Plaintiff also moved for partial summary judgment, maintaining, among other things, that at the time defendants forcibly withdrew Allen's blood and urine, no efforts had been made to secure the consent of a surrogate consenter, and there did not exist an immediate need to intervene to prevent death or serious harm. Plaintiff sought summary judgment only as to liability.

On November 28, 2004, the circuit court granted defendants' motion for summary judgment and denied plaintiff's motion for partial summary judgment. The trial court reasoned as follows:

"I find first that the emergency exception is a viable defense and applies to the facts of this case. The record is clear that Plaintiff's condition indicated that she was significantly impaired and that the interventions performed without her consent were for the purpose of protecting her life and health. I agree with Defendant's position that the requirements of the Health Care Surrogate Act do not apply to the emergent situation demonstrated by the facts of this case, and to hold otherwise, would be an abrogation of the emergency exception and have a decided chilling effect on the rendering of emergency care in Illinois. The caselaw [sic] is clear that a physician's judgment is needed to establish the patient's incompetency and the need to protect life and health.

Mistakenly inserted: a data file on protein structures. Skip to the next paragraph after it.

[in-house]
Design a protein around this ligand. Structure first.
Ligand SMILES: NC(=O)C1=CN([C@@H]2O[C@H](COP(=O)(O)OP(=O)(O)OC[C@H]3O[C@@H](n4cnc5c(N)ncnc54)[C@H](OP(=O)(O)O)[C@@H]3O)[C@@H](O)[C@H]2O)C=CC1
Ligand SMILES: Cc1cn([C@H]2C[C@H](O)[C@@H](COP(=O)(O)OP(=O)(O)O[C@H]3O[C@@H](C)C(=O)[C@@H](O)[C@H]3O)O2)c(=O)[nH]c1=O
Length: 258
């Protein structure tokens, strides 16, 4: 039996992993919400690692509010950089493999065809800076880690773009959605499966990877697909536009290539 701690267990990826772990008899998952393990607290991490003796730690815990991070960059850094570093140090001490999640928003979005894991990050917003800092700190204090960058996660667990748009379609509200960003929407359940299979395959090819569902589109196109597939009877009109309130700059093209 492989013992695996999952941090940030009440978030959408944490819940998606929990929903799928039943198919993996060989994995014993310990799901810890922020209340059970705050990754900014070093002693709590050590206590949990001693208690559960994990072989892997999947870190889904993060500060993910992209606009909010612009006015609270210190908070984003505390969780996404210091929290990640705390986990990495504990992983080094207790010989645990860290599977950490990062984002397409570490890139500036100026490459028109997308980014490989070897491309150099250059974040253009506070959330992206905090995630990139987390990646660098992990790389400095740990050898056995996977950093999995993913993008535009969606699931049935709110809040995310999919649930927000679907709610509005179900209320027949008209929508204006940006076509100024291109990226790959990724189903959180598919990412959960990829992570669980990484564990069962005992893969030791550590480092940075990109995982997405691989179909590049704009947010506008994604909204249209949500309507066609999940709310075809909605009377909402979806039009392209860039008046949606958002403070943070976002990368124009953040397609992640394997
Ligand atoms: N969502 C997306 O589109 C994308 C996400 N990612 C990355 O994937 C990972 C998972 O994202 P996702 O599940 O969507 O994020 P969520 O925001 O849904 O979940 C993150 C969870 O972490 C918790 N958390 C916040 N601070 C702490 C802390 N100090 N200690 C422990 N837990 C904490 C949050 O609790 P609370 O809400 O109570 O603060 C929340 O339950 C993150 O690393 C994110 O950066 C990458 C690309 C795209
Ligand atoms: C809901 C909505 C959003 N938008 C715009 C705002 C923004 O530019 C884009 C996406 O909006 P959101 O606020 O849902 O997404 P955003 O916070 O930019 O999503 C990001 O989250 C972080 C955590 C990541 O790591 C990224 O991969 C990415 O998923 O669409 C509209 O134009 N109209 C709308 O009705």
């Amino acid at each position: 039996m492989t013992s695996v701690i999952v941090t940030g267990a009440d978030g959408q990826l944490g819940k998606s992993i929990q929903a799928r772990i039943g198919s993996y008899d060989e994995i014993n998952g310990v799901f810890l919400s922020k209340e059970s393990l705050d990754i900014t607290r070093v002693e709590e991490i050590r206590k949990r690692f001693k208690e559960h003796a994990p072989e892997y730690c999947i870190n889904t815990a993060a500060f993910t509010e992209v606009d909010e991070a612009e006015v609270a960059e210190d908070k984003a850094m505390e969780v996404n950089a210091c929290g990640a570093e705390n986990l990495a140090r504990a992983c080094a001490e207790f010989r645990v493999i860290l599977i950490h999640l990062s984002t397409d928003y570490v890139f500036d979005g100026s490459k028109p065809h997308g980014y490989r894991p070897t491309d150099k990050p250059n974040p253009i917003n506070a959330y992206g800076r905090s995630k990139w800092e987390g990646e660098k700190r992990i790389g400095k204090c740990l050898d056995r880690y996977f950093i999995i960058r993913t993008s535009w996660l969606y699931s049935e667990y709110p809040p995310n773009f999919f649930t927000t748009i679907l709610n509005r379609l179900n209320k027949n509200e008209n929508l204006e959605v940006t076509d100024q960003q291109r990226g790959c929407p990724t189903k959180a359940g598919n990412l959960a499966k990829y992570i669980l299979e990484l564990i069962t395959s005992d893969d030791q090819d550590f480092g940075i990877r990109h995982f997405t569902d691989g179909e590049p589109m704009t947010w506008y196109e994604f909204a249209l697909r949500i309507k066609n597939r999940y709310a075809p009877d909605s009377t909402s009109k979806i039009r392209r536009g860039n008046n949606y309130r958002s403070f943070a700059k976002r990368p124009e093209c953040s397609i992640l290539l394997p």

As Dr. Proust's opinions on those issues are uncontroverted by any other medical testimony, Defendant must prevail."

Plaintiff subsequently filed a timely notice of appeal challenging the trial court's order granting summary judgment for defendants. Plaintiff does not appeal the trial court's order denying plaintiff's motion for partial summary judgment.

II. ANALYSIS